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  • Print publication year: 2015
  • Online publication date: November 2015

5 - Democracy and Light

Summary

Introduction

For decades, political scientists have debated whether democracies are more likely than other regime types to provide valuable public goods to their citizens. Basic public goods such as clean water, sanitation, and electricity are critical because they are foundations for poverty alleviation and economic growth. Such public goods are often undersupplied by private markets, especially in the developing world, and governments must decide whether and how to address these market failures. Liberal theorists argue that free and open elections are the key to effective and responsive states. Elections create powerful incentives for politicians to pursue the preferences of the citizenry, despite the constraints that may otherwise exist within a country. Because voters have the ability to reward and punish the performance of their leaders, democratic politicians are more likely to channel a state's resources toward welfare-enhancing outcomes. Without elections, voters lack the ability to control and direct their politicians.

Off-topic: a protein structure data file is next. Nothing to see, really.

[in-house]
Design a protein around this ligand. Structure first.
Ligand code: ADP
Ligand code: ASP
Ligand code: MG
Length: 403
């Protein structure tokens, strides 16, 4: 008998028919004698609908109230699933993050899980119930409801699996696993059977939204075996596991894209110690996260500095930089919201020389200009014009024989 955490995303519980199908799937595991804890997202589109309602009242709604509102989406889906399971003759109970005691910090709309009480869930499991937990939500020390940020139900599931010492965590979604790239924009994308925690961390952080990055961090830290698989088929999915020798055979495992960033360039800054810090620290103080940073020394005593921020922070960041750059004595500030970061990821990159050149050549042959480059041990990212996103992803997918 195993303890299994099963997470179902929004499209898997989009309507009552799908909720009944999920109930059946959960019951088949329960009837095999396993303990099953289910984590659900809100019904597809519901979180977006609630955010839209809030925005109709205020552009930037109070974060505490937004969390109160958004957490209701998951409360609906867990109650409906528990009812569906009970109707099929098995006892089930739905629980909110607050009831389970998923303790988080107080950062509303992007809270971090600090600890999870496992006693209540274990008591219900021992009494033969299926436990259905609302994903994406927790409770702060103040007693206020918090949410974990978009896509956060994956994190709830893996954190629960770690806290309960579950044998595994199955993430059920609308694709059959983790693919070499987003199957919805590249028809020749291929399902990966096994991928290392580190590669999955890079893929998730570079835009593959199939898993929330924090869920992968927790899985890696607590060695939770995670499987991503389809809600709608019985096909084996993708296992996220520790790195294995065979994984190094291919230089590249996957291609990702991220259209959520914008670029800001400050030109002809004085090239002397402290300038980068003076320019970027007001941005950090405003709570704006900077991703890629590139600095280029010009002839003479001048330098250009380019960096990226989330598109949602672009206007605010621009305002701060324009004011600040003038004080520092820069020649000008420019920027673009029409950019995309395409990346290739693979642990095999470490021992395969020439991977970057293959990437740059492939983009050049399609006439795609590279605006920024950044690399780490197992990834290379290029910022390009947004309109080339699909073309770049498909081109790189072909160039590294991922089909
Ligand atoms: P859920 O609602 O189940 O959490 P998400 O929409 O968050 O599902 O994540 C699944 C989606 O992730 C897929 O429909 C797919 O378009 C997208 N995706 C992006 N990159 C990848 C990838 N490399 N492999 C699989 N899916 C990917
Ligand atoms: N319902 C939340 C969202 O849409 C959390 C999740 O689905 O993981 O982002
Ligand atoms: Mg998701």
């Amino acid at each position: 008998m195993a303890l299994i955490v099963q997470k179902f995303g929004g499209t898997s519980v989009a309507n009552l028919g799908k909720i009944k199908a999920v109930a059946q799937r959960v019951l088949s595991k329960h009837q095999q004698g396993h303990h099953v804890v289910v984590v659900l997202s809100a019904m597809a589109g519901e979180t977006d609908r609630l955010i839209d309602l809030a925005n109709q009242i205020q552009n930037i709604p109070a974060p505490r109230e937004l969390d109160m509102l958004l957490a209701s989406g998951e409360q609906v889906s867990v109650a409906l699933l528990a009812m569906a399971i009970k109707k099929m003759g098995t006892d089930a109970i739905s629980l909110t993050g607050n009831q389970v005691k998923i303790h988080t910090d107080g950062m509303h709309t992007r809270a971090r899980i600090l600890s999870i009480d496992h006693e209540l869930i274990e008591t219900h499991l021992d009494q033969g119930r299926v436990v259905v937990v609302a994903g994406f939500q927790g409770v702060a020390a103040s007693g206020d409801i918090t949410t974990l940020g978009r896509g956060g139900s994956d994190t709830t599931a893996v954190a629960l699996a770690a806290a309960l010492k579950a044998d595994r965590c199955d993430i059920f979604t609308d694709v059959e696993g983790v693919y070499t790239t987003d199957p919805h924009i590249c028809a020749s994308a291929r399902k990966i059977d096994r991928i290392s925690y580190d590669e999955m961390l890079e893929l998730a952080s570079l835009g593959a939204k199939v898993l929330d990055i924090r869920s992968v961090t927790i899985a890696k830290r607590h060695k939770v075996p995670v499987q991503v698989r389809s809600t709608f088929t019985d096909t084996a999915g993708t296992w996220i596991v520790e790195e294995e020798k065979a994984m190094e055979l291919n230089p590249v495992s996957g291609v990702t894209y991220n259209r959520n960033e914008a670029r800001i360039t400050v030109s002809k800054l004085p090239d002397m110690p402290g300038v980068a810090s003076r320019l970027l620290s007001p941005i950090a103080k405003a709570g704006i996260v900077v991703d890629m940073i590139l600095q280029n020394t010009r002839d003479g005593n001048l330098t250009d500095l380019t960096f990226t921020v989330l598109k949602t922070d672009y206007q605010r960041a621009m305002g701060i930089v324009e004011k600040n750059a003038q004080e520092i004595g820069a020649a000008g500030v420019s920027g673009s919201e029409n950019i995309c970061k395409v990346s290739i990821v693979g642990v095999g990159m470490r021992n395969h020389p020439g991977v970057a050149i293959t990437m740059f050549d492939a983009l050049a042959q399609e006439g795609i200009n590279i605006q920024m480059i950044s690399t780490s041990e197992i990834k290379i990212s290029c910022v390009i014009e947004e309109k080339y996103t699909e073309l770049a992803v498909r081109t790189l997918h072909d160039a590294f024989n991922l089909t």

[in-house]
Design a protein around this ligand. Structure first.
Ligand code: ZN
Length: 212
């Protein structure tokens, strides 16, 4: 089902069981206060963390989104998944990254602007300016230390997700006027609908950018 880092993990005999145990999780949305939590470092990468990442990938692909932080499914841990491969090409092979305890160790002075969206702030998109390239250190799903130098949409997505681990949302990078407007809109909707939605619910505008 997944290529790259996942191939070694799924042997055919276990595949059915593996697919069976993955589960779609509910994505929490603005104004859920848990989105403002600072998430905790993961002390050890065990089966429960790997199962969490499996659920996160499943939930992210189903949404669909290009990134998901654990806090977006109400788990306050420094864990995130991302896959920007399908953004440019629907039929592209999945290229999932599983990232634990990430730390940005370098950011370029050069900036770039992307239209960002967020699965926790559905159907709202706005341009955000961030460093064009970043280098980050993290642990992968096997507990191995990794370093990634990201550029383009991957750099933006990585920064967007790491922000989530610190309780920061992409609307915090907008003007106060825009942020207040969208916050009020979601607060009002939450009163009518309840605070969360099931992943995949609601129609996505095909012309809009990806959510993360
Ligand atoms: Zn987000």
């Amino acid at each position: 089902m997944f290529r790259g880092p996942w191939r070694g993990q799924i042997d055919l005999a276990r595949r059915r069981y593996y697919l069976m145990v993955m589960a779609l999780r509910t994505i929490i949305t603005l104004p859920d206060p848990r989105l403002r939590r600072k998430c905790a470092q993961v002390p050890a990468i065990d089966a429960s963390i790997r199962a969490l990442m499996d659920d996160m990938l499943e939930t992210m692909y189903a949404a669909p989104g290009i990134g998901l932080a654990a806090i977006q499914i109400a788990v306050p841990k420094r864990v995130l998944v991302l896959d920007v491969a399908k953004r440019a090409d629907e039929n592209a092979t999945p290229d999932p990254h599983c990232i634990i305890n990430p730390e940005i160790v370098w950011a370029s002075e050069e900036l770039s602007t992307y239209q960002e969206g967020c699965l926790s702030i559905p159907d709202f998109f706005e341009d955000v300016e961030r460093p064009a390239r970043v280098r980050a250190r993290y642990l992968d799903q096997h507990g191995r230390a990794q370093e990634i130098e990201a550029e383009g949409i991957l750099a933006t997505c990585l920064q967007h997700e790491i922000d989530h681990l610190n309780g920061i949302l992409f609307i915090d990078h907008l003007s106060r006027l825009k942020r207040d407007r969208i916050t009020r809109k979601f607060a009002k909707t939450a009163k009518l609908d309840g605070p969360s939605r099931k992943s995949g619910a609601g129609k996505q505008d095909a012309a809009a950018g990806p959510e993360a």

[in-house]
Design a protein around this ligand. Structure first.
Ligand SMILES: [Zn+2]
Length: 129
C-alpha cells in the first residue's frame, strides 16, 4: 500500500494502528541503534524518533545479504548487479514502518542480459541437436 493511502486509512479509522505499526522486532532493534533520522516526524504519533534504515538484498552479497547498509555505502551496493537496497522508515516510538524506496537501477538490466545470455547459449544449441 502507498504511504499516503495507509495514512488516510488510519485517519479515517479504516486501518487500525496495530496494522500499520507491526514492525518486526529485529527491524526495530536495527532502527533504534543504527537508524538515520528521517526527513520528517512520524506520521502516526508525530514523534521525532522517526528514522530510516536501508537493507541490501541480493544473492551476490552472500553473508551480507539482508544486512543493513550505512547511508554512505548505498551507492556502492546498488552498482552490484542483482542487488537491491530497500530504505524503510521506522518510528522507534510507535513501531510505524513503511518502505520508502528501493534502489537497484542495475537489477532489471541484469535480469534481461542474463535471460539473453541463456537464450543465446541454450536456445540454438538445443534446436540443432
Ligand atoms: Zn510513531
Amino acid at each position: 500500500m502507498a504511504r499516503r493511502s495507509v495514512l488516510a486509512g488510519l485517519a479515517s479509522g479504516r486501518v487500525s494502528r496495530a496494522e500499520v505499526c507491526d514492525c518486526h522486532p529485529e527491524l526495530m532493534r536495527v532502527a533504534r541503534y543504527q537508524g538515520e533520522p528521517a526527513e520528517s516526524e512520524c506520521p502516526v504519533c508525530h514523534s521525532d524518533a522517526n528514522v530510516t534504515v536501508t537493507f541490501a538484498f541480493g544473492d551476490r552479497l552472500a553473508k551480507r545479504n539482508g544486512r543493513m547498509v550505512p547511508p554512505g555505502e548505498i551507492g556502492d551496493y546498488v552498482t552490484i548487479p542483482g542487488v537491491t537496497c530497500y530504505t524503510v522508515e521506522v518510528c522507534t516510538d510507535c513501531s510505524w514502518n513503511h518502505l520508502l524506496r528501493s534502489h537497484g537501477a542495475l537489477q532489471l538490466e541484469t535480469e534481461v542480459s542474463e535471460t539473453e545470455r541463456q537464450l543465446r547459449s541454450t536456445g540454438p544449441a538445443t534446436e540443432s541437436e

Yet, if democracies are supposed to be responsive to their citizens, why do so many more people in democratic India lack electricity compared to autocratic China? In an opinion piece in The New York Times, Amartya Sen laments, “The far greater gap between India and China is in the provision of essential public services... China has done far more than India to raise life expectancy, expand general education and secure health care for its people.” Across the world, more than half of the 1.3 billion people who lack electricity reside in democratic states. And within many developing democracies, glaring inequalities in public service provision challenge the norm of universalism, equality, and fairness many presume to be key features of democracy.

Using satellite imagery of the earth at night to develop new estimates of electricity access across every corner of the world, this chapter presents compelling evidence that democracies provide significantly broader levels of electricity to their citizens than do nondemocratic governments. This is not only because democratic leaders respond to citizens’ preferences for public goods: democracies have an added incentive to provide public goods because of the political externalities created by their creation and distribution. Although access to electricity is proclaimed to the masses as a pure public good with universal benefits, democratic politicians can capture additional electoral payoffs because of the discretion they exert over the delivery and implementation of electrification projects.